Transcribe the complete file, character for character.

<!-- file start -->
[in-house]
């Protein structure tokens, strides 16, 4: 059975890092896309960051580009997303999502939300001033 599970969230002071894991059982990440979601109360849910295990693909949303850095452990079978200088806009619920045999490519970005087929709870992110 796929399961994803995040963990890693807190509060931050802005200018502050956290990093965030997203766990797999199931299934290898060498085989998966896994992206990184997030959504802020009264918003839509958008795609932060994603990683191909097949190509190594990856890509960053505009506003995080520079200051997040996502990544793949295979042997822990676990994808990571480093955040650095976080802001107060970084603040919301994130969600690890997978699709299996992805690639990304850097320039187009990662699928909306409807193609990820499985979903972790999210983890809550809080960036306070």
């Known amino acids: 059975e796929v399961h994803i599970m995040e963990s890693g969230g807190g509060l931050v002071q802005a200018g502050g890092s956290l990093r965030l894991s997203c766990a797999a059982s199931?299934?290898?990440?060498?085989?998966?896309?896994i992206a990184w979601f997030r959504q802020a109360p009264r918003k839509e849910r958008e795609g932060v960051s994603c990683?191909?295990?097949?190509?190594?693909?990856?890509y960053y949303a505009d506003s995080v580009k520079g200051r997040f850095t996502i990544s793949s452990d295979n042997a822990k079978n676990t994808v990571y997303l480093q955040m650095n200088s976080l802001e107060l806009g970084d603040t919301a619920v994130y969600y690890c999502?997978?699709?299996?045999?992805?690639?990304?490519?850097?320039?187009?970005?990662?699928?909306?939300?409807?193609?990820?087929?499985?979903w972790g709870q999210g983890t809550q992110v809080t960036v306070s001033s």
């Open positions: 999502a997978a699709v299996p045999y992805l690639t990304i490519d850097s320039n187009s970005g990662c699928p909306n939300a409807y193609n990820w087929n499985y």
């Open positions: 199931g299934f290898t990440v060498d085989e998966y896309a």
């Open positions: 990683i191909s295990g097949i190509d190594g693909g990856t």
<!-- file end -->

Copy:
[in-house]
């Protein structure tokens, strides 16, 4: 059975890092896309960051580009997303999502939300001033 599970969230002071894991059982990440979601109360849910295990693909949303850095452990079978200088806009619920045999490519970005087929709870992110 796929399961994803995040963990890693807190509060931050802005200018502050956290990093965030997203766990797999199931299934290898060498085989998966896994992206990184997030959504802020009264918003839509958008795609932060994603990683191909097949190509190594990856890509960053505009506003995080520079200051997040996502990544793949295979042997822990676990994808990571480093955040650095976080802001107060970084603040919301994130969600690890997978699709299996992805690639990304850097320039187009990662699928909306409807193609990820499985979903972790999210983890809550809080960036306070």
């Known amino acids: 059975e796929v399961h994803i599970m995040e963990s890693g969230g807190g509060l931050v002071q802005a200018g502050g890092s956290l990093r965030l894991s997203c766990a797999a059982s199931?299934?290898?990440?060498?085989?998966?896309?896994i992206a990184w979601f997030r959504q802020a109360p009264r918003k839509e849910r958008e795609g932060v960051s994603c990683?191909?295990?097949?190509?190594?693909?990856?890509y960053y949303a505009d506003s995080v580009k520079g200051r997040f850095t996502i990544s793949s452990d295979n042997a822990k079978n676990t994808v990571y997303l480093q955040m650095n200088s976080l802001e107060l806009g970084d603040t919301a619920v994130y969600y690890c999502?997978?699709?299996?045999?992805?690639?990304?490519?850097?320039?187009?970005?990662?699928?909306?939300?409807?193609?990820?087929?499985?979903w972790g709870q999210g983890t809550q992110v809080t960036v306070s001033s």
């Open positions: 999502a997978a699709v299996p045999y992805l690639t990304i490519d850097s320039n187009s970005g990662c699928p909306n939300a409807y193609n990820w087929n499985y």
């Open positions: 199931g299934f290898t990440v060498d085989e998966y896309a």
């Open positions: 990683i191909s295990g097949i190509d190594g693909g990856t």